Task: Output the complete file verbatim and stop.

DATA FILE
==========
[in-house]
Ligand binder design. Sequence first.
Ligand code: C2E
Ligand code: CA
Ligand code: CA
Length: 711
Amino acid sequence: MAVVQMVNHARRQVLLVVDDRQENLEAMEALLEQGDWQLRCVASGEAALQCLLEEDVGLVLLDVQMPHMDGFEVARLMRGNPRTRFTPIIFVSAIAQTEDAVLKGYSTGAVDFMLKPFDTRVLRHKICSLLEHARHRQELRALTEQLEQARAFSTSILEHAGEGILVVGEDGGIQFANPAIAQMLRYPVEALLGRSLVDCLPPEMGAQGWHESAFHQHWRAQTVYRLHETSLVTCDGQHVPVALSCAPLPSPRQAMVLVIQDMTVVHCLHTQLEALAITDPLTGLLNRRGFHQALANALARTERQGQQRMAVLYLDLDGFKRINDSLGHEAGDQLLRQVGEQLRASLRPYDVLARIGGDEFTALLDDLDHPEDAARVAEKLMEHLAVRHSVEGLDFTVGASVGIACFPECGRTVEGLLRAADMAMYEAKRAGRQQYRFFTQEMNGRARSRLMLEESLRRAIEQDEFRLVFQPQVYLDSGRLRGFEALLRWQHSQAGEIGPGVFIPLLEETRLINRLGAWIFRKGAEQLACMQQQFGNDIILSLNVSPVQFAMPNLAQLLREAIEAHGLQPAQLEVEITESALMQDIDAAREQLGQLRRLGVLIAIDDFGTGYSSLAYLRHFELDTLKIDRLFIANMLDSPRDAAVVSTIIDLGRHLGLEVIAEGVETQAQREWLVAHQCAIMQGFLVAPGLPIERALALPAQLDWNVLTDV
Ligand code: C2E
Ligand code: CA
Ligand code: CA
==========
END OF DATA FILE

[in-house]
Ligand binder design. Sequence first.
Ligand code: C2E
Ligand code: CA
Ligand code: CA
Length: 711
Amino acid sequence: MAVVQMVNHARRQVLLVVDDRQENLEAMEALLEQGDWQLRCVASGEAALQCLLEEDVGLVLLDVQMPHMDGFEVARLMRGNPRTRFTPIIFVSAIAQTEDAVLKGYSTGAVDFMLKPFDTRVLRHKICSLLEHARHRQELRALTEQLEQARAFSTSILEHAGEGILVVGEDGGIQFANPAIAQMLRYPVEALLGRSLVDCLPPEMGAQGWHESAFHQHWRAQTVYRLHETSLVTCDGQHVPVALSCAPLPSPRQAMVLVIQDMTVVHCLHTQLEALAITDPLTGLLNRRGFHQALANALARTERQGQQRMAVLYLDLDGFKRINDSLGHEAGDQLLRQVGEQLRASLRPYDVLARIGGDEFTALLDDLDHPEDAARVAEKLMEHLAVRHSVEGLDFTVGASVGIACFPECGRTVEGLLRAADMAMYEAKRAGRQQYRFFTQEMNGRARSRLMLEESLRRAIEQDEFRLVFQPQVYLDSGRLRGFEALLRWQHSQAGEIGPGVFIPLLEETRLINRLGAWIFRKGAEQLACMQQQFGNDIILSLNVSPVQFAMPNLAQLLREAIEAHGLQPAQLEVEITESALMQDIDAAREQLGQLRRLGVLIAIDDFGTGYSSLAYLRHFELDTLKIDRLFIANMLDSPRDAAVVSTIIDLGRHLGLEVIAEGVETQAQREWLVAHQCAIMQGFLVAPGLPIERALALPAQLDWNVLTDV
Ligand code: C2E
Ligand code: CA
Ligand code: CA